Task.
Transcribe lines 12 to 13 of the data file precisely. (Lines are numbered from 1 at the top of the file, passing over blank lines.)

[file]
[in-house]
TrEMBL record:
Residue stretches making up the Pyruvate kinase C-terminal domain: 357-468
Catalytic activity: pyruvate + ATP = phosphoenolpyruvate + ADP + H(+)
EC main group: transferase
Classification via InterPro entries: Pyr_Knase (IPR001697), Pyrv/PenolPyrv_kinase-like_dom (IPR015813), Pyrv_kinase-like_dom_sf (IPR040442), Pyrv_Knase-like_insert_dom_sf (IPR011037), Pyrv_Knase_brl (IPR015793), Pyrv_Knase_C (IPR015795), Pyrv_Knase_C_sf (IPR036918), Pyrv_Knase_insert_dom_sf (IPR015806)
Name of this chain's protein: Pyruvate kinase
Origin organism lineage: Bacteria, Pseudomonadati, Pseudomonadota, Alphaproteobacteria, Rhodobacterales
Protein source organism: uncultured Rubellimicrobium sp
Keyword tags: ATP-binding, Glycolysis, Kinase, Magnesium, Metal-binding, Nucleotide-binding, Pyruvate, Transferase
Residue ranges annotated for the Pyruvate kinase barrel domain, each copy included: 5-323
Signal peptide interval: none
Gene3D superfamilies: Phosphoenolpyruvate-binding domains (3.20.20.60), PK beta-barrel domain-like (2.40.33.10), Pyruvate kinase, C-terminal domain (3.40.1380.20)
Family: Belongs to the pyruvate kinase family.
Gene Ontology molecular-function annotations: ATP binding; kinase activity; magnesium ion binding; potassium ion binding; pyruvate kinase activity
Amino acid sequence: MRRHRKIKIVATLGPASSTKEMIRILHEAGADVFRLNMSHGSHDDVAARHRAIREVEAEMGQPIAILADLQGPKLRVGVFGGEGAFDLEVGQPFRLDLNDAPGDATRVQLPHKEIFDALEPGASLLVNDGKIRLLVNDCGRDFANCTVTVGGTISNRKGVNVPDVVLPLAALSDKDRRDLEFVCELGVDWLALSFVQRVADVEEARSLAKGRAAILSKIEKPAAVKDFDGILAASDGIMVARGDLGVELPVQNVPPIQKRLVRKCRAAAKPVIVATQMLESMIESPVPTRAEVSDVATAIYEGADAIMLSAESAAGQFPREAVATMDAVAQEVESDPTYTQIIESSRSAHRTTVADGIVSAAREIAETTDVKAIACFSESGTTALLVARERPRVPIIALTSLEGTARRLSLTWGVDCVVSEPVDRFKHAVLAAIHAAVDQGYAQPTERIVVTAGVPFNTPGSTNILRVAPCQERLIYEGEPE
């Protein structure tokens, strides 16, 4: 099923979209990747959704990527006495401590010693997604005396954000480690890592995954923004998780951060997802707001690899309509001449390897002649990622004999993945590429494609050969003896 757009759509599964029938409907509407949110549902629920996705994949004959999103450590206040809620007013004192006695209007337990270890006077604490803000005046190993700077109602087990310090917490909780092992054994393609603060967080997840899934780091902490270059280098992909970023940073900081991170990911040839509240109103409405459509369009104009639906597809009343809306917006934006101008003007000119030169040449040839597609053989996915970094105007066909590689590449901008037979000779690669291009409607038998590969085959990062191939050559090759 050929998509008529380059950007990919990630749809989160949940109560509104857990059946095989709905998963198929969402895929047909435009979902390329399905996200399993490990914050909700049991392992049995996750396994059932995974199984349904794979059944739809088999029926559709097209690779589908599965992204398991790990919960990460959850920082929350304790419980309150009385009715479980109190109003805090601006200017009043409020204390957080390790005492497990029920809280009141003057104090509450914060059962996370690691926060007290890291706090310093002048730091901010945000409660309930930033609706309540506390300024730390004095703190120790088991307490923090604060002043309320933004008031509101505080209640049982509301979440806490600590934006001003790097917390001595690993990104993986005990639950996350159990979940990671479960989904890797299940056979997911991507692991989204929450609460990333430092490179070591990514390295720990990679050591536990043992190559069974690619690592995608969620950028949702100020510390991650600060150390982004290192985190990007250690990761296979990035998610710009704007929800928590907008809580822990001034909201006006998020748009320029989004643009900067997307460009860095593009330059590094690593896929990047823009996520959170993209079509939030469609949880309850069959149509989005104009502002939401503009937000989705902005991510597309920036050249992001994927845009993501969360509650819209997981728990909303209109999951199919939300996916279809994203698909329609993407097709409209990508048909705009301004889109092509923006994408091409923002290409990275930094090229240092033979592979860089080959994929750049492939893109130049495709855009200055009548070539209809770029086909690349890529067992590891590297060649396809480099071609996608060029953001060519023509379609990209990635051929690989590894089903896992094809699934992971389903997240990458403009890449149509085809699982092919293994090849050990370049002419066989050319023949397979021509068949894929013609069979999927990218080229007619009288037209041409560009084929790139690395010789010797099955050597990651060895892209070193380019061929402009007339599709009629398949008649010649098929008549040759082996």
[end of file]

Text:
Signal peptide interval: none
Gene3D superfamilies: Phosphoenolpyruvate-binding domains (3.20.20.60), PK beta-barrel domain-like (2.40.33.10), Pyruvate kinase, C-terminal domain (3.40.1380.20)